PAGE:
YOUNGSTOWN, Ohio (WKBN) – Some drivers call them sneaky but local police departments say their traffic cameras are making the streets safer and bringing in big money for their communities.
Over the past year, almost 21,000 drivers who passed through the Valley have later opened their mailboxes, only to find a speeding ticket. Each paid at least $100 for that ticket without ever speaking to a police officer or judge.
Departments in Youngstown, Girard, Liberty, and East Liverpool admitted they are making money from these tickets.
It’s a controversial issue that’s hotly debated.
“Obviously, you want to support the city and they have to find ways to generate revenue and I understand that aspect of it,” said ticket recipient and former business owner Ryan Kelly.
Business owners have mixed opinions, though. Some say it hasn’t hurt them at all.
“I don’t think it’s affected our business one bit. I mean, maybe just the negative publicity for the town,” said Randy Emery, owner of Black Horse Tavern in Girard.
Others say it has.
“I think the feedback that I got a lot was that it was deterring people from traveling those areas and they were finding alternate routes as opposed to slowing down,” Kelly said.
Police departments get 60 percent of each ticket’s total price, while 40 percent of the money goes back to the company that owns the cameras and sends you the bill. The company also pays for officers’ overtime.
Girard has made over $1 million in a year and a half from its traffic cameras, while Liberty has brought in nearly $75,000 in a year. Youngstown has made about $750,000 in just over two years and East Liverpool saw $300,000 in its eight months of use. All of those amounts are before money was taken out for the speed camera company.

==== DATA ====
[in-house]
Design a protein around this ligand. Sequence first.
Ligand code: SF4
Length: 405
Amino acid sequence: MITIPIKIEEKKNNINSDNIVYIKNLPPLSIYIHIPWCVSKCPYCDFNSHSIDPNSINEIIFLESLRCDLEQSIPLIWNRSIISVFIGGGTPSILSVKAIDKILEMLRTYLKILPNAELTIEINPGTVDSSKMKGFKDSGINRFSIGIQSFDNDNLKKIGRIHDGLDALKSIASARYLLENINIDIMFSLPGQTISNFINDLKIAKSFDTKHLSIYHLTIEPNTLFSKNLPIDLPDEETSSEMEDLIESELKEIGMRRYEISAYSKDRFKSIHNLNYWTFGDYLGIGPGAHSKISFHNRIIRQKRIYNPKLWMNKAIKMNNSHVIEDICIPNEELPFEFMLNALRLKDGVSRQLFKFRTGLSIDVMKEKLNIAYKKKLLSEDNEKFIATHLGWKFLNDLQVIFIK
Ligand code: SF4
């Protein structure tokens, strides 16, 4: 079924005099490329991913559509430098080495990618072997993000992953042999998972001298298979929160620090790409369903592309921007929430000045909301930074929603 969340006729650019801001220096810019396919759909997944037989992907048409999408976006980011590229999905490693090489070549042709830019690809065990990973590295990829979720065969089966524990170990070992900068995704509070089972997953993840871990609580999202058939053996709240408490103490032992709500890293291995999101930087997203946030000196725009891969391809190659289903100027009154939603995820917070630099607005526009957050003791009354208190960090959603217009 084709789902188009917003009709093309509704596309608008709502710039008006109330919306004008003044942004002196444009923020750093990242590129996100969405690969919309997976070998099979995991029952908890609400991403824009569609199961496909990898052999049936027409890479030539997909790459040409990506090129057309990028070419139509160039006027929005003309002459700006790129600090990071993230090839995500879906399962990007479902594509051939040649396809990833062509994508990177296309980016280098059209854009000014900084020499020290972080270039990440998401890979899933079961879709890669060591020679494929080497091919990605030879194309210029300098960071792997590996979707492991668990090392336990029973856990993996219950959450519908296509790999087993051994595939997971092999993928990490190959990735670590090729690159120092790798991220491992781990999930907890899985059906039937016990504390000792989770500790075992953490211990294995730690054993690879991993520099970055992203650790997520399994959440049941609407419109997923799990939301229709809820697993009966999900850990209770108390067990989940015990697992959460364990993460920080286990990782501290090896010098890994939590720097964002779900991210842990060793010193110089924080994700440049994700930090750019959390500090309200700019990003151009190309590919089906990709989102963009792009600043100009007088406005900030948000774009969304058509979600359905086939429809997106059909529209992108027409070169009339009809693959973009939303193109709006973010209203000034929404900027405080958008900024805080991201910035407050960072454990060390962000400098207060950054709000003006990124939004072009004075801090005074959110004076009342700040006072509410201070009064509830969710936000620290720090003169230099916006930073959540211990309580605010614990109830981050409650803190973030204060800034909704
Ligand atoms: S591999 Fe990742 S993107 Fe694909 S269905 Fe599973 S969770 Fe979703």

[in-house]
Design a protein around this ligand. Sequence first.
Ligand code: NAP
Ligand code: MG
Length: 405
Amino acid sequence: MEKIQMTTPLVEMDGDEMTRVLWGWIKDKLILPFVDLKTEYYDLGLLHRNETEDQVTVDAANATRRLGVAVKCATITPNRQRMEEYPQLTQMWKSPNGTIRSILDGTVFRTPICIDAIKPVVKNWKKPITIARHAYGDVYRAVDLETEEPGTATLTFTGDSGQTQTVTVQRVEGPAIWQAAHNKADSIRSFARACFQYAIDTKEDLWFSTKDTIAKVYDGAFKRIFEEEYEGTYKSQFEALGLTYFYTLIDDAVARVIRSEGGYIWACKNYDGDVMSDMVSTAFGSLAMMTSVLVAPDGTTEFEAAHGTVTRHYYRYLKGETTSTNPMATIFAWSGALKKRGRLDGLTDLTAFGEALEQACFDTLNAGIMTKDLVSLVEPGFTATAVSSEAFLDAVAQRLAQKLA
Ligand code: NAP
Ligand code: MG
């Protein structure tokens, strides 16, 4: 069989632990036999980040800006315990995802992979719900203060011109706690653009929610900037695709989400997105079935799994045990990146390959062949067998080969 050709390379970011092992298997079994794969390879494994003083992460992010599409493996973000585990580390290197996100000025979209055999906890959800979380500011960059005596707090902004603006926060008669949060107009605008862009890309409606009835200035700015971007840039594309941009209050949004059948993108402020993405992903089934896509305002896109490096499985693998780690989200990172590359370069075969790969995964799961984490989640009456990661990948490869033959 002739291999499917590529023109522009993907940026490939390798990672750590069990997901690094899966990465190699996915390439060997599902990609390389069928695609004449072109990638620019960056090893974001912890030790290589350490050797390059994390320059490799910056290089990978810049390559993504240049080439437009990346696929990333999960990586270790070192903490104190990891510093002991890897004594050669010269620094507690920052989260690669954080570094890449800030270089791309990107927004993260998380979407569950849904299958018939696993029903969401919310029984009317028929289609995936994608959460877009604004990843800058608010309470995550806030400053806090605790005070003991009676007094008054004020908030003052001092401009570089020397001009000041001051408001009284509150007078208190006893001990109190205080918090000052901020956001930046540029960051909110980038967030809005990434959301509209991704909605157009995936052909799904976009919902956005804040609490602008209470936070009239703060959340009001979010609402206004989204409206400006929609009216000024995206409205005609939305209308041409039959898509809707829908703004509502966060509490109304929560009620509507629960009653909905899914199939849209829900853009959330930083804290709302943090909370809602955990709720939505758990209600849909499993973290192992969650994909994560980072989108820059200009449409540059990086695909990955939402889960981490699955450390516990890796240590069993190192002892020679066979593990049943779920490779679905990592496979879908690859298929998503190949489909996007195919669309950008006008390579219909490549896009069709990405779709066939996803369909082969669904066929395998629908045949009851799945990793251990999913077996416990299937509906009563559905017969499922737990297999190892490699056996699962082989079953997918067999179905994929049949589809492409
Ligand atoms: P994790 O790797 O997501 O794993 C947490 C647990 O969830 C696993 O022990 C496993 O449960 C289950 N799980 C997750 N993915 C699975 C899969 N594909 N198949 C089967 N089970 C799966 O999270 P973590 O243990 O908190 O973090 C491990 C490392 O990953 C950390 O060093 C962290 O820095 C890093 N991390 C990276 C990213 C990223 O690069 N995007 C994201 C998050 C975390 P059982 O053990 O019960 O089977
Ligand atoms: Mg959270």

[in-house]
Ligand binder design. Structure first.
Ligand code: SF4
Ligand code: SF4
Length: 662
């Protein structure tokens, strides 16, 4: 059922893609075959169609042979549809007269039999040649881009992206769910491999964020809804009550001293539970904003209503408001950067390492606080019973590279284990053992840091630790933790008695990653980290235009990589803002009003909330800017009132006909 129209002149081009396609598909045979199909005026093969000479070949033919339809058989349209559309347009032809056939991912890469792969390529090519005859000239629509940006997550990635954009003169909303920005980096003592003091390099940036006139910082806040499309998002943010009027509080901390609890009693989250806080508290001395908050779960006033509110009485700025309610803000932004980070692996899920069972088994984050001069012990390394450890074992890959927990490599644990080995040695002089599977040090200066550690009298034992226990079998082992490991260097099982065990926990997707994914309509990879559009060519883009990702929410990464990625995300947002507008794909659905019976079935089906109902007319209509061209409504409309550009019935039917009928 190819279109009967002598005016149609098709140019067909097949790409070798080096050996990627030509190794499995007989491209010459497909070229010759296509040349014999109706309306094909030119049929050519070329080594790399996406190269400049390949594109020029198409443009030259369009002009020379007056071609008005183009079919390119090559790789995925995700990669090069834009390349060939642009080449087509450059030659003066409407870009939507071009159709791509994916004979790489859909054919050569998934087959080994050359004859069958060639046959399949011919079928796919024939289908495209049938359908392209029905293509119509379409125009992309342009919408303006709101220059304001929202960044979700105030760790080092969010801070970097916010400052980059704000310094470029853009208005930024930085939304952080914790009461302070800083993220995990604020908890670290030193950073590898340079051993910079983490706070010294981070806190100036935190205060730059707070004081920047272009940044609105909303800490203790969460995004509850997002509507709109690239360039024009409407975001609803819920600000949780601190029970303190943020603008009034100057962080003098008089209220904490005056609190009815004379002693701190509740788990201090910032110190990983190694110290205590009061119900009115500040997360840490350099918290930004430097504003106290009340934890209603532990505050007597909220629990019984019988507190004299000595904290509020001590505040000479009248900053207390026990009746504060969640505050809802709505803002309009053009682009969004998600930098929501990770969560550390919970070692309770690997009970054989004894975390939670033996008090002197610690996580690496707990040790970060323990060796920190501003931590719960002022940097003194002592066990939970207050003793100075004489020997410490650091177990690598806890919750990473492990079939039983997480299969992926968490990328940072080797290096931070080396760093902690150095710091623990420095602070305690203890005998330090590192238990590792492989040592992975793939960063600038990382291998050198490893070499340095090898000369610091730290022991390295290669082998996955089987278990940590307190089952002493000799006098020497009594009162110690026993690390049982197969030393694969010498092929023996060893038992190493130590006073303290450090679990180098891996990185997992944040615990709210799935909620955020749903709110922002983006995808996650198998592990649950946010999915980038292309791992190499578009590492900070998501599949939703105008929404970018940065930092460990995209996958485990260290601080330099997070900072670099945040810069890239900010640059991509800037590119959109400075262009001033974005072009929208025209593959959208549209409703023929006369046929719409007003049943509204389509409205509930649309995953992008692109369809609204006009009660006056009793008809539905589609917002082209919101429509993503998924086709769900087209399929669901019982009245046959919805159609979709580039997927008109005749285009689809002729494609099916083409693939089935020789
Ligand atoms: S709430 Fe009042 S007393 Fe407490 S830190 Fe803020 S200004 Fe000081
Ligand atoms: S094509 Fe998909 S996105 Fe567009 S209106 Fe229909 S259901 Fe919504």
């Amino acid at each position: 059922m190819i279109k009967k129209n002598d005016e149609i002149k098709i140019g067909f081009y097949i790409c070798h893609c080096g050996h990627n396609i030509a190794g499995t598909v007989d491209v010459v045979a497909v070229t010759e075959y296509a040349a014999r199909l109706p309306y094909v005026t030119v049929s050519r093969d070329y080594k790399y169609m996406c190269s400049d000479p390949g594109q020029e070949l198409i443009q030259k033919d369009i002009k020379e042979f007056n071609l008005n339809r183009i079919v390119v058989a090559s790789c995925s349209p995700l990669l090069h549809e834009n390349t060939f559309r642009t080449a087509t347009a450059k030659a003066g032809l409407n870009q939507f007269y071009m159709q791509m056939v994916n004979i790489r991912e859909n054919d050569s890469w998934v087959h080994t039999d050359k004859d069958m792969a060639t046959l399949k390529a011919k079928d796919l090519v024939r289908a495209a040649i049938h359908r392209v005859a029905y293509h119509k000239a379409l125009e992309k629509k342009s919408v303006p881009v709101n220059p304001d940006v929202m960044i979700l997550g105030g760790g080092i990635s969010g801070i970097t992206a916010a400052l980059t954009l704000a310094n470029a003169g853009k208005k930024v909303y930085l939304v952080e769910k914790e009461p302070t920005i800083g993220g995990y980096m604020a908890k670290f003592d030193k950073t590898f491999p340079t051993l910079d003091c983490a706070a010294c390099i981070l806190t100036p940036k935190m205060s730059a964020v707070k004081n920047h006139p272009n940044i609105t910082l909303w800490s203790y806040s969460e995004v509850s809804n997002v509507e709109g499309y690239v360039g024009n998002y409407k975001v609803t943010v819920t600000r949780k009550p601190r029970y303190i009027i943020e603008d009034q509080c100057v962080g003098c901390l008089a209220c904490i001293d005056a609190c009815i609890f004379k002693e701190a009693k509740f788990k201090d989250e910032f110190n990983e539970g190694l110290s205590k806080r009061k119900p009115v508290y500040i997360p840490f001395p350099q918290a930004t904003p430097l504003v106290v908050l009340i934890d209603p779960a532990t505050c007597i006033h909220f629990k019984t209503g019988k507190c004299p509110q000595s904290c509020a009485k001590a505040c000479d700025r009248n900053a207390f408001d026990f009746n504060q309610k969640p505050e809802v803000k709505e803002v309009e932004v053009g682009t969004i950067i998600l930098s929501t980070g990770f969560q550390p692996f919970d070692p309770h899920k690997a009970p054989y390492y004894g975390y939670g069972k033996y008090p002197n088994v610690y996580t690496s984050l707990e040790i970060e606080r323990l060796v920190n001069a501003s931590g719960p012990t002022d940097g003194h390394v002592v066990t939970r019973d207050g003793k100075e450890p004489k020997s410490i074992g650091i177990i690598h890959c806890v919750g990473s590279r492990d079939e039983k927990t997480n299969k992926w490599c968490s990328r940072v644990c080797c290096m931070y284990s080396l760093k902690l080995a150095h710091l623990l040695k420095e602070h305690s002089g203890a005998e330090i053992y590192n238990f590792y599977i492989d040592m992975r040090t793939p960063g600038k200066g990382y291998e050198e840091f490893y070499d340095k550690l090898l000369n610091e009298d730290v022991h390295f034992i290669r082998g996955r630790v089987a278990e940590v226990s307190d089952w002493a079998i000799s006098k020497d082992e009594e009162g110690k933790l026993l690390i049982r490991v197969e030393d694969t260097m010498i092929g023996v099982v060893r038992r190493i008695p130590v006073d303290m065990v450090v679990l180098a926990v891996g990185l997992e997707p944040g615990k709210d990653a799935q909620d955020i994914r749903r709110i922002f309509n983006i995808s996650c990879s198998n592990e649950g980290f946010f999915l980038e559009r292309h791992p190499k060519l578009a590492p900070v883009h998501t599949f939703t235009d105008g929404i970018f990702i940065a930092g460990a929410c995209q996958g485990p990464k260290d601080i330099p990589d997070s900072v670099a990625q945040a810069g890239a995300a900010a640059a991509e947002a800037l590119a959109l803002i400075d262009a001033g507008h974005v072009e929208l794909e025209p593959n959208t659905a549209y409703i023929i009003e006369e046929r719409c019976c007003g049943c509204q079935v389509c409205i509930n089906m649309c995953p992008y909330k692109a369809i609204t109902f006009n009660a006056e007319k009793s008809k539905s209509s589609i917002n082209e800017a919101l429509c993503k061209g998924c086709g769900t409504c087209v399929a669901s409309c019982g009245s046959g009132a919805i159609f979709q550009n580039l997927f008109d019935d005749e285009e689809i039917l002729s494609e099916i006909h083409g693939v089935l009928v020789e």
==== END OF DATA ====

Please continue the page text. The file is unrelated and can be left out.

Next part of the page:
East Liverpool’s first three days of using traffic camera generated more than 300 tickets. A majority were for 20 to 25 miles an hour over the speed limit.
In Youngstown and East Liverpool, the money is used to buy new equipment and cars for the police department. In Girard, city council decides what to do with it each month but most of the money has gone toward the police department and repaving roads. In Liberty, all of the money has gone to the township’s general fund to get it out of debt.
But while police say they’re making money, they’ve also seen safety on main roads in town improve.
“We’re able to slow the traffic down. We’ve had a 30 percent decrease in accidents and we have had no fatalities on 680 proper,” said Youngstown Police Chief Robin Lees.
The year before the city started using cameras, there were four deaths on Interstate 680.
Lees said they don’t use their traffic cameras every day but still notice a change drivers’ awareness.
“The cameras and the psychological effect it has on the drivers, they think there’s this omnipresence out there,” he said. “It has slowed things down and it, again, has had a very positive effect.”
Youngstown and East Liverpool mainly stick to freeways and school zones for camera use, while Girard and Liberty target the main roads in town as well.
“We’re there different days, different times. Of course, you can’t run these cameras at night,” said Liberty Police Chief Rich Tisone.
The cameras give a 10- to 15-mile-per-hour buffer before a ticket is issued.
“What you must realize is that there’s a very generous margin of error built into that speed,” said Girard Mayor James Melfi.
The departments say people will try to fight the ticket in court but the picture of the license plate is proof. Eighty percent of the photos captured are expected to result in citations.
“They’ll say, ‘Well, I wasn’t driving.’ ‘Well, it’s registered to you, you’re responsible.’ If you weren’t driving, here’s the process — you have to identify who was driving and we’ll mail them the citation,” said East Liverpool Police Chief John Lane.
Some drivers have complained that officers will hide on overpasses or behind barriers to use the cameras. The police chiefs said their officers aren’t hiding but are just staying safe from the fast-moving traffic.
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